The politics of moral degeneration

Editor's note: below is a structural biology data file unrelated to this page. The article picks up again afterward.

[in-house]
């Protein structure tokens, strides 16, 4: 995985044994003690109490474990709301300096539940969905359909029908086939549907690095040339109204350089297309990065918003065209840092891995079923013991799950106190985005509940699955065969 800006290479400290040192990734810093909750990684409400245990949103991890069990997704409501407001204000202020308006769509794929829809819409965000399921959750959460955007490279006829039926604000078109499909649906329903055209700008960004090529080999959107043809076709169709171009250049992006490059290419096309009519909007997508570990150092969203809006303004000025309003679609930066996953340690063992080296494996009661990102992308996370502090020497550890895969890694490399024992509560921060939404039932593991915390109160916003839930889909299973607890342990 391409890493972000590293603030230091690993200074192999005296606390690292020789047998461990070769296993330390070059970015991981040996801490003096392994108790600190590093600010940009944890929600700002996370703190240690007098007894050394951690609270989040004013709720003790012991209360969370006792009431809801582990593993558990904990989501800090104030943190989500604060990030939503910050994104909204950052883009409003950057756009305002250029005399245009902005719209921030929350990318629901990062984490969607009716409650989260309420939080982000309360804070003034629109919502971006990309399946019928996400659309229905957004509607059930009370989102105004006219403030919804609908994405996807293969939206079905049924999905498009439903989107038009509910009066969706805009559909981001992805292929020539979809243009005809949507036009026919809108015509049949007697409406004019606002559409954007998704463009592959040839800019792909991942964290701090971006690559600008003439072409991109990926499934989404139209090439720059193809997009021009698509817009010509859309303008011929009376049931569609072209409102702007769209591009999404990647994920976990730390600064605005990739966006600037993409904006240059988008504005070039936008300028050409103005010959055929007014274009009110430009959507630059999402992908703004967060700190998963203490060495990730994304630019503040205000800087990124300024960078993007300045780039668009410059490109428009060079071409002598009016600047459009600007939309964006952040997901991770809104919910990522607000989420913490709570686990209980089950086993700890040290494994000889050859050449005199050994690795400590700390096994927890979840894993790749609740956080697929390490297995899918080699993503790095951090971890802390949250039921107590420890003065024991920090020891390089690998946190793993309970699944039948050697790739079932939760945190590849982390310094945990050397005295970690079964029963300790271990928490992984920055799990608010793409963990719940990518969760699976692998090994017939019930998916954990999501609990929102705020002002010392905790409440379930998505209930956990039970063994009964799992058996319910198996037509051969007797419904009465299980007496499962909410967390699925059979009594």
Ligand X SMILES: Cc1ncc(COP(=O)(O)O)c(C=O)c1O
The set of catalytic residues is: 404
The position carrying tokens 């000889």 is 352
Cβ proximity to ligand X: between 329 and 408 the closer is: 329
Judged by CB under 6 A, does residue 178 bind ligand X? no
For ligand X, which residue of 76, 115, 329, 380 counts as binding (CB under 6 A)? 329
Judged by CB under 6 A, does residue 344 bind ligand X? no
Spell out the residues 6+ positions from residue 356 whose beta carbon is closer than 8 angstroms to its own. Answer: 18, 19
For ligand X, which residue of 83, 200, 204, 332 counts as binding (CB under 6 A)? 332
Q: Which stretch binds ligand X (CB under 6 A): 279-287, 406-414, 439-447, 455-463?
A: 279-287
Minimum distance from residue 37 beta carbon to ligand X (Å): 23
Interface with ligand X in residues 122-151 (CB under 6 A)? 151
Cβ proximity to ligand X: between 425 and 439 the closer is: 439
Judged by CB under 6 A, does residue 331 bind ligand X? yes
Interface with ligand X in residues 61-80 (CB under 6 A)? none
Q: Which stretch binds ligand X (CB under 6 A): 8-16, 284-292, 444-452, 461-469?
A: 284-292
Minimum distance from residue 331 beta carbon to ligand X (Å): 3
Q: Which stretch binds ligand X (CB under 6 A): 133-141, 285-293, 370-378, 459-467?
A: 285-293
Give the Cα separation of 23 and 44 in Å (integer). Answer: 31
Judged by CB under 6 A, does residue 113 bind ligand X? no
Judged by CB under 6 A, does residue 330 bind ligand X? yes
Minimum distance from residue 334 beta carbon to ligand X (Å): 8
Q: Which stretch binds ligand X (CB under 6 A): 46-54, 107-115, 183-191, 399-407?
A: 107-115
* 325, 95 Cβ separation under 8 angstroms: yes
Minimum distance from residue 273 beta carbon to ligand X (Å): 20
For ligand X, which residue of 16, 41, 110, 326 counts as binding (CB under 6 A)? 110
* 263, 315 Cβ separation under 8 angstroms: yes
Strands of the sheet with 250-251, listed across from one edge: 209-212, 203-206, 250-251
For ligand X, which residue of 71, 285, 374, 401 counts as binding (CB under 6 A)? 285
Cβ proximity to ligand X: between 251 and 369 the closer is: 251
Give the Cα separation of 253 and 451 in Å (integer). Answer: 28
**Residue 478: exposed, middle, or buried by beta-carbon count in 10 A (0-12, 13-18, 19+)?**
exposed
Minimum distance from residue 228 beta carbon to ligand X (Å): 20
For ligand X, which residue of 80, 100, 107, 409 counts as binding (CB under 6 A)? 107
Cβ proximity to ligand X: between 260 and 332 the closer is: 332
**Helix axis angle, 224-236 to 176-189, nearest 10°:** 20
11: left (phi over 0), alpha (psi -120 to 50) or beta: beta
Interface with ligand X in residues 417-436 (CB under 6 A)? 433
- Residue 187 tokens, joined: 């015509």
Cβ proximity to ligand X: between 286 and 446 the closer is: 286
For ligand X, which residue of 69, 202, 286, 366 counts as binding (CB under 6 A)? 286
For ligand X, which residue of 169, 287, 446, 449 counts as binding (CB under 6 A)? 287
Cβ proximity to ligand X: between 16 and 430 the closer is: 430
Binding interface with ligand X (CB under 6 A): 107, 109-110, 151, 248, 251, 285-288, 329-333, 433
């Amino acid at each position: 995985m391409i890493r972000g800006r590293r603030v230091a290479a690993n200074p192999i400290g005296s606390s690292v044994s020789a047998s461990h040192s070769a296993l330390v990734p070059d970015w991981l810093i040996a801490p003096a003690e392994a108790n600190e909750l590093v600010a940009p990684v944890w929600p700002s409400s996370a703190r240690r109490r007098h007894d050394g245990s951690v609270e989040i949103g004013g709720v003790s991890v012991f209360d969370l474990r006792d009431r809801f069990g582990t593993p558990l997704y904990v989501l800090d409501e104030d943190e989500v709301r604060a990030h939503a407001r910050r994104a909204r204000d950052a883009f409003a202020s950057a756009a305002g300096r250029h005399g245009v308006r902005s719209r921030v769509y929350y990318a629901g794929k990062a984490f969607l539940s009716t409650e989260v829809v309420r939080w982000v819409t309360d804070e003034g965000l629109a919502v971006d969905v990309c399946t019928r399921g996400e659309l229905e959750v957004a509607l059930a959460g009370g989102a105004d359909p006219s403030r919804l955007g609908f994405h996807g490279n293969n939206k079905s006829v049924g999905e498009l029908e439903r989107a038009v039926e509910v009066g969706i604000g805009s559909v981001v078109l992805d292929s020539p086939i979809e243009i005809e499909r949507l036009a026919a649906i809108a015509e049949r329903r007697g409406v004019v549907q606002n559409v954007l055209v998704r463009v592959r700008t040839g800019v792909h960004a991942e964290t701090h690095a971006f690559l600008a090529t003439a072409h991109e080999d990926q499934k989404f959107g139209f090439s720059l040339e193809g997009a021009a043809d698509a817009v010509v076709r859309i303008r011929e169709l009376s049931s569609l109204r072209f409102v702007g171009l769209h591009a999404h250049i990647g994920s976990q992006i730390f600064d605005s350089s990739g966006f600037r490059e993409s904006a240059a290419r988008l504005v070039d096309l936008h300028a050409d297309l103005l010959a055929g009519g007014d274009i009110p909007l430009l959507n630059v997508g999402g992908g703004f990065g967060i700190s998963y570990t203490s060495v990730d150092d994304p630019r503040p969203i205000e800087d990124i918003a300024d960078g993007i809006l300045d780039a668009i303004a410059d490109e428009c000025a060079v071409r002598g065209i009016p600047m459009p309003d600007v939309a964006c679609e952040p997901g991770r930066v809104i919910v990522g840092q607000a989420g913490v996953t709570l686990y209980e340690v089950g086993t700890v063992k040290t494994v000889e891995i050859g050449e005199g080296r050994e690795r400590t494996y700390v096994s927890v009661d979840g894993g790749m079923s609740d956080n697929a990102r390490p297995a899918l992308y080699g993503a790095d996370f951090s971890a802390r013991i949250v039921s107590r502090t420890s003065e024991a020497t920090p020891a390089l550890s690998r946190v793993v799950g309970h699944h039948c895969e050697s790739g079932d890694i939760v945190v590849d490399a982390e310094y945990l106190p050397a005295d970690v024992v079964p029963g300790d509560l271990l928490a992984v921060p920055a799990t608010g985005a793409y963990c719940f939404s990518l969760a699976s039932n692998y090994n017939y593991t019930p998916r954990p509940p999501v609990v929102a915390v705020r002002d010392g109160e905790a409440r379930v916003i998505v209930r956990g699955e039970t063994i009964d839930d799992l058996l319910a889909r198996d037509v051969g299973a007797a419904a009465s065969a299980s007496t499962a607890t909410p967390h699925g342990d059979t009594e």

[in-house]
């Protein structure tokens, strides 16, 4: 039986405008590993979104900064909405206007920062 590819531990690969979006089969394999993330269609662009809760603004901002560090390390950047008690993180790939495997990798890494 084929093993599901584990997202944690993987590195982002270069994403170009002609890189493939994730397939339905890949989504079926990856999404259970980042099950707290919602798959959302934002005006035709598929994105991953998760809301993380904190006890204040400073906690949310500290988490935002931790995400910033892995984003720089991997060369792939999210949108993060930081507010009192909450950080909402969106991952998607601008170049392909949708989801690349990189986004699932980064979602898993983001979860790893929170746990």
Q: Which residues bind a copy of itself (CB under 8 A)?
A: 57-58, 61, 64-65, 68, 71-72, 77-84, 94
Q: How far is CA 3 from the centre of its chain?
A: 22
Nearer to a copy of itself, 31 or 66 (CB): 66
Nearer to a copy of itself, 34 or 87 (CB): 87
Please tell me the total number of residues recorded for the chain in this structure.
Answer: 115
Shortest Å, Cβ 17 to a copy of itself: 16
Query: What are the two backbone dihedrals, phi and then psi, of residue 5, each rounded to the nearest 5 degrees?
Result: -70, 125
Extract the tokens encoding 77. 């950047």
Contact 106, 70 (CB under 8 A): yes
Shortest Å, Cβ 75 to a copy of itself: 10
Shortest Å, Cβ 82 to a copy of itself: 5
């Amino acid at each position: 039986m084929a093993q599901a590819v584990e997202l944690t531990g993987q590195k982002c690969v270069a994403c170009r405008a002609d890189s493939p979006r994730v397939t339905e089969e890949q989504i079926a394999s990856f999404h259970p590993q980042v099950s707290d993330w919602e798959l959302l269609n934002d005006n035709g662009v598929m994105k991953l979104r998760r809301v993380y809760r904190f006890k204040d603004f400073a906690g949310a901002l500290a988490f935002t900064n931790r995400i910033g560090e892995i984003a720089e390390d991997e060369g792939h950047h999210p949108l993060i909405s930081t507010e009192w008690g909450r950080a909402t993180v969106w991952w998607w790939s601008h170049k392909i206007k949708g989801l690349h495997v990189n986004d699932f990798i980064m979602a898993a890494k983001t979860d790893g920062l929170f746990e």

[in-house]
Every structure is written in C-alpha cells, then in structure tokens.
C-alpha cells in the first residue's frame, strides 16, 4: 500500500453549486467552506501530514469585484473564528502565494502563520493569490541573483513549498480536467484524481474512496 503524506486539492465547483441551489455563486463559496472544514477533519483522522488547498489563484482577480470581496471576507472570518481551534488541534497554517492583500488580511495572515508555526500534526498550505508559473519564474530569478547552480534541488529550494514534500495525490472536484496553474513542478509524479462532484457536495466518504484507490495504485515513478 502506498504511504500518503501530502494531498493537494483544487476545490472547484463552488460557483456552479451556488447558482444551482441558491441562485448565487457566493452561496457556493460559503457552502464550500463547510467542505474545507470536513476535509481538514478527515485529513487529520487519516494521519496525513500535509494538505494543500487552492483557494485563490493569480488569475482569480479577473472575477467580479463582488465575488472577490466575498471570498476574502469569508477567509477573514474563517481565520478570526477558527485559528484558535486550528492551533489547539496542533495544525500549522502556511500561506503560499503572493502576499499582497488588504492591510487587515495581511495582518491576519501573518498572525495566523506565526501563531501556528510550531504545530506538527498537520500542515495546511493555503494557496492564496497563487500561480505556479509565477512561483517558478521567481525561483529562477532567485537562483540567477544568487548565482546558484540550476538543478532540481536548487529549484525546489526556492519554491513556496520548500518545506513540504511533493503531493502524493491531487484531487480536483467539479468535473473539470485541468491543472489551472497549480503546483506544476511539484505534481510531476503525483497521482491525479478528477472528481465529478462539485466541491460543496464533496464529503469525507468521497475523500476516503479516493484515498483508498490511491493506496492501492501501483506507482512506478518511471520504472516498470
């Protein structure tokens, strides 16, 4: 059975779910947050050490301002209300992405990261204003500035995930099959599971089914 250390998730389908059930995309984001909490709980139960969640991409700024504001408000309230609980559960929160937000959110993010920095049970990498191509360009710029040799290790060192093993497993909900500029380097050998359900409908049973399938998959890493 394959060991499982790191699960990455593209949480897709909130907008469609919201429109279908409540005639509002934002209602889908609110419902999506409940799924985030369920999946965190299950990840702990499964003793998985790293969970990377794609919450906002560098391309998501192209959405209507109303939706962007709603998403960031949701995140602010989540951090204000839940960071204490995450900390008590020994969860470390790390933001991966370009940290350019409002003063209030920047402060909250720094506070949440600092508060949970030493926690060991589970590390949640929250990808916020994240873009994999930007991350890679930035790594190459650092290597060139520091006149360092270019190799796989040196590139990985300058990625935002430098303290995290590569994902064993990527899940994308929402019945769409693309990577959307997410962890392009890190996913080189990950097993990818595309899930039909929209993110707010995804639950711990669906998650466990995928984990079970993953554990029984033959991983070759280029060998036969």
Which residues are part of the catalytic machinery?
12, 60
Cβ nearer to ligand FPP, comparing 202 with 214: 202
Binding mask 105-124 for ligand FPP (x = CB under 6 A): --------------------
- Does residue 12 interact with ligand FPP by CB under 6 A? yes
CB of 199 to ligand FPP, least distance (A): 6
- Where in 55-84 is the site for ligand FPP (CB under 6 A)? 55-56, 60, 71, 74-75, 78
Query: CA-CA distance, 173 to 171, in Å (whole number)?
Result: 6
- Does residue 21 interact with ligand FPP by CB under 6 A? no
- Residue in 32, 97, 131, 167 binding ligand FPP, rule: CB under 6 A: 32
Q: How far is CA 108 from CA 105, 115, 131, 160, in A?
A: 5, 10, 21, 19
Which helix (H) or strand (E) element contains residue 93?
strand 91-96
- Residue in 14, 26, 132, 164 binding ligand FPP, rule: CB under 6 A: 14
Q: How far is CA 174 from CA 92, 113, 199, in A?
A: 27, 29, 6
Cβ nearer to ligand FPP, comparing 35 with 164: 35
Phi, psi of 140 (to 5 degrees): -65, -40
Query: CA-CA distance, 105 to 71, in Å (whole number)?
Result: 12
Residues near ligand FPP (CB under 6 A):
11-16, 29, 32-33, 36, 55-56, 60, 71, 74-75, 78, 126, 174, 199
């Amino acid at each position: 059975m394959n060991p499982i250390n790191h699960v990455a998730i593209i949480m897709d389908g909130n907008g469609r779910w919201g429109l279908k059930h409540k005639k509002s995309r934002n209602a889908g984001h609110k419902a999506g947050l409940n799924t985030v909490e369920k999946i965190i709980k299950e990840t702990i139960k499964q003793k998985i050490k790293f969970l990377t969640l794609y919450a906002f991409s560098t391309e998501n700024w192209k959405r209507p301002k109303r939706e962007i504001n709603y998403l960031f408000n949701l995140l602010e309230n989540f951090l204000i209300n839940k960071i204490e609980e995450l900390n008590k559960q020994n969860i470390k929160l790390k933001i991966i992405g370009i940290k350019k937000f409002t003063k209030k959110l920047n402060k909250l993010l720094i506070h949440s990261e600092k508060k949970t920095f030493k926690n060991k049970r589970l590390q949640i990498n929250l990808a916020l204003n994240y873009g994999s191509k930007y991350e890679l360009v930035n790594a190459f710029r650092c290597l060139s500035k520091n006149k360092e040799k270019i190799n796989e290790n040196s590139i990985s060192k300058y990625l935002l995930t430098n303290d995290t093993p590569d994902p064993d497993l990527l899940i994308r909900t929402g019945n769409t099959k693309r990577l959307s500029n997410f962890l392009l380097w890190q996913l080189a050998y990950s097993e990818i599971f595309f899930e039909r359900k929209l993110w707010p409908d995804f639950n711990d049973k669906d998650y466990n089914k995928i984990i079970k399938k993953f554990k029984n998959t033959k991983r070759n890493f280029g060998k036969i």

The last chapter charted the rise of communitarianism in the 1990s and debated where it sat in relation to sociological, political and philosophical thought about community and morality. What this demonstrated is that communitarianism sits uncomfortably next to this wider canon of research. The communitarian commitment to rebuilding communities and their concomitant commitment to rebuilding shared values and responsibilities resonates with governmental strategies of control that treat community as a mechanism by which order and the good society are created. Consequently, community becomes the locus and generator of both morality and control. The two are then implicated with each other and this begins to explain the significance of community to crime control debates, providing an important clue about how morality has become a central theme in political and public explanations for criminality.